Our storyteller Joel tells us the Story of Hanukkah
The Story of Hanukkah
Storytelling by Joel Taras
Hi, I'm Joel and I'm here to tell you the story of Hanukkah, the Jewish festival of lights. Chanukkah, if you're fancy but you don't actually have to make the “huh” noise. Hanukkah is a word in Hebrew that's translated to english so “ha” or “huh” either is cool.
If you want to try making the “huh” noise you can, simply by pretending there's something caught in your throat. Or if you're really good at rolling your r's, instead of doing it with the tip of your tongue to make the “rrrr”, if you do it wth the back of your tongue fast enough it makes a “huh”noise. So Hanukkah or Chanukkah, doesn’t matter, what does matter is that I am here to tell you the story of Hanukkah, the Jewish festival of lights.
Our story begins thousands of years ago, in the second century BCE or around the year minus 200. At this point in history there was a massive nation called the Greeks and they had formed this military empire and had taken over so much of the known world that they're one of the largest empires, in terms of land mass and history. Now one of the territories they had taken over was called Jerusalem and it is the holy city of the jewish people. Now the Greeks weren't very nice and they decided that everybody that lived under Greek rule had to follow Greek laws and even worship Greek gods. As a result of this decision they started smashing the jewish temples and churches called synagogues. This was very unpopular and pretty mean; if you worshipped your own gods or went by your own rules, you were punished by the Greeks. So one day a brave, brave man named Judah Maccabee stood up and said, “Hey that's enough!”
So, Judah Maccabee gathered all the jewish men and taught them very quickly how to use a spear and a shield and they formed a military group called the Maccabees, a super cool tribe of freedom fighters who were ready to stand up and fight for their rights. Now the Maccabees and Judah, they marched out of Jerusalem to go fight the Greeks - drive them off and regain their rights. And they left behind a group of civilians, women and children. And they sought shelter in a temple. They had very limited supplies, they had a little bit of food and Jerusalem's in the desert- so it gets cold at night in the desert. And in one of the temples they found a small container full of oil.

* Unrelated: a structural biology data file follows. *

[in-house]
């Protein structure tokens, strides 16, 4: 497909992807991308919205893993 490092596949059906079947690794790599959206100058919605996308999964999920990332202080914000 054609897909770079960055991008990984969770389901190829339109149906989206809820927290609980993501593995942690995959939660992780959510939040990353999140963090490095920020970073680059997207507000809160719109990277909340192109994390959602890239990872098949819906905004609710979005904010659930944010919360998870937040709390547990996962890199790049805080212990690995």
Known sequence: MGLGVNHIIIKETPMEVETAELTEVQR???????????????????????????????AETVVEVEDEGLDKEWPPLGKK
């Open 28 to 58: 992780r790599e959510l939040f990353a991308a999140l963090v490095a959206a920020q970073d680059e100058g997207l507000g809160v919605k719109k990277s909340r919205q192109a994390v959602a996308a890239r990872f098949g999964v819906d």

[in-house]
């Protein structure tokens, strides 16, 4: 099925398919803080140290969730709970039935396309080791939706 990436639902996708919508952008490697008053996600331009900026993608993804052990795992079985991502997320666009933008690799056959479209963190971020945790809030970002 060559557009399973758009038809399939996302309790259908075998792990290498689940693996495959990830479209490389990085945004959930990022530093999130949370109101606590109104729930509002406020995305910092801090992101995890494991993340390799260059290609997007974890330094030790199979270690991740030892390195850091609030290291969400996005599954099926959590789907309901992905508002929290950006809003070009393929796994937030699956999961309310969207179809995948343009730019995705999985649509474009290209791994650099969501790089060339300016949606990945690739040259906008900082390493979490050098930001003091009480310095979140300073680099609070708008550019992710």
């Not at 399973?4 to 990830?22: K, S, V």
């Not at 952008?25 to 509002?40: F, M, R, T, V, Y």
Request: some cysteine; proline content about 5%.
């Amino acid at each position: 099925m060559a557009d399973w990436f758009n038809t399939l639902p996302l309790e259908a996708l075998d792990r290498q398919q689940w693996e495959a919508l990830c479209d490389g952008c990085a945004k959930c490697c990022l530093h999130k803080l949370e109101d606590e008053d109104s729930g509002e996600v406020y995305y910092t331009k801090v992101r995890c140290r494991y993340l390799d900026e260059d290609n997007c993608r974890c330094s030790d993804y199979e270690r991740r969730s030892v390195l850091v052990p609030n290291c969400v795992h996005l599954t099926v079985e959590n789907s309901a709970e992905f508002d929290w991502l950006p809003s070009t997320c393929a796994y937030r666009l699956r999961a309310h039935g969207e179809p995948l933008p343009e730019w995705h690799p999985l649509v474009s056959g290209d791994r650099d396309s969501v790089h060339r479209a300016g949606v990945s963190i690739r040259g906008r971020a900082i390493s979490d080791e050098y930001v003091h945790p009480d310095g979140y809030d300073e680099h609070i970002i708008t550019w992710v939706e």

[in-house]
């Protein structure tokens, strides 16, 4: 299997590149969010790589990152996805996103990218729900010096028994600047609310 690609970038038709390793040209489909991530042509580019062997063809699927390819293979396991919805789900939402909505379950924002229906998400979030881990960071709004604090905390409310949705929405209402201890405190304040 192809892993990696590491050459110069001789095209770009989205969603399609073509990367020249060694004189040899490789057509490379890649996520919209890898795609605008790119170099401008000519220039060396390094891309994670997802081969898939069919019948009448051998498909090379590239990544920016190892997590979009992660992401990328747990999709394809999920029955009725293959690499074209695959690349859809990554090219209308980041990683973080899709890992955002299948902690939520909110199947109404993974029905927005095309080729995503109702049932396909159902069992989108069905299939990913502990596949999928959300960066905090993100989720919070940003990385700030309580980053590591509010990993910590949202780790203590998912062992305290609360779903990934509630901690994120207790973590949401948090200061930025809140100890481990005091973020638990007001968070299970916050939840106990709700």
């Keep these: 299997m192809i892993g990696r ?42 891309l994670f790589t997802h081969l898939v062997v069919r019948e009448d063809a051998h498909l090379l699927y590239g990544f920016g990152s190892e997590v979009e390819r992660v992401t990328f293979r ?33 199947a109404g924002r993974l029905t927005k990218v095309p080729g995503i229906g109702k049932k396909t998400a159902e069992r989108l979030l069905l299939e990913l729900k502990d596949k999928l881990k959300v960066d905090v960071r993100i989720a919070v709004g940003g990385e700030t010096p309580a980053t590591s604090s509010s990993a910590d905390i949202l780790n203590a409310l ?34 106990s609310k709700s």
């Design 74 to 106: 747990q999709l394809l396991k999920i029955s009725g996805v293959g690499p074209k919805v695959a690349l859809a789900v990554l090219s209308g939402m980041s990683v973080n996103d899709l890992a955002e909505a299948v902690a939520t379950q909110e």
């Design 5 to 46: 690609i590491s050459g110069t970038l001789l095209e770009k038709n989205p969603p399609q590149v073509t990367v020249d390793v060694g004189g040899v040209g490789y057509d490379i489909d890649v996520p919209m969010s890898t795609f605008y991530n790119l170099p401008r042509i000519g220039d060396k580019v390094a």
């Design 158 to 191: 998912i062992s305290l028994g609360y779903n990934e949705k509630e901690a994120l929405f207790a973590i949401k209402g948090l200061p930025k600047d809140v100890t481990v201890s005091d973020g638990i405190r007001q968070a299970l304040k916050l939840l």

So this group of women and children had decided to take the small container of oil that they had found and burn it- to keep warm as the sun was going down. Now one small container of oil should really only last about one night, but they lit it anyway. They used the light from this fire to start fixing up the temple that they were staying in and they stayed warm. And they said prayers for their husbands the soldiers, the Maccabees who were out standing up to the greeks. Then the night came and the desert grew cold and they gathered around the fire to stay warm.
So this keeps happening, they keep falling asleep next to this fire fully expecting it to go out and when they awake the fire is still roaring. It happens again and again night after night. A full week goes by. This fire is still burning and it was supposed to go out on night one. So on the eighth day this fire is still burning and Judah Maccabee returns with the whole Maccabee army. They had won! They'd won this military victory against a much larger army, which in itself is a miracle. And when Judah enters the temple and sees that it has been fixed up and that this fire is still burning. He acknowledges that his military victory and this fire that sustained his people could only be explained by a miracle. God had helped the Jewish people.
So, today we celebrate that miracle oil that kept the Jews warm and safe by lighting candles on a really cool candle holder called a menorah, we do this for eight nights in a row. We also get eight nights of presents. We also eat foods that are cooked in oil - so there are potato pancakes called latkes and jelly doughnuts called sufganiyot.
So if you see a menorah in a windowsill with some candles burning those people are Jewish. They're celebrating Hanukkah, which usually falls in December so it'll be around the same time as Christmas. Those people are warm and safe around a fire just like the Maccabees were a couple thousand years ago. And they're also celebrating getting presents and eating jelly donuts.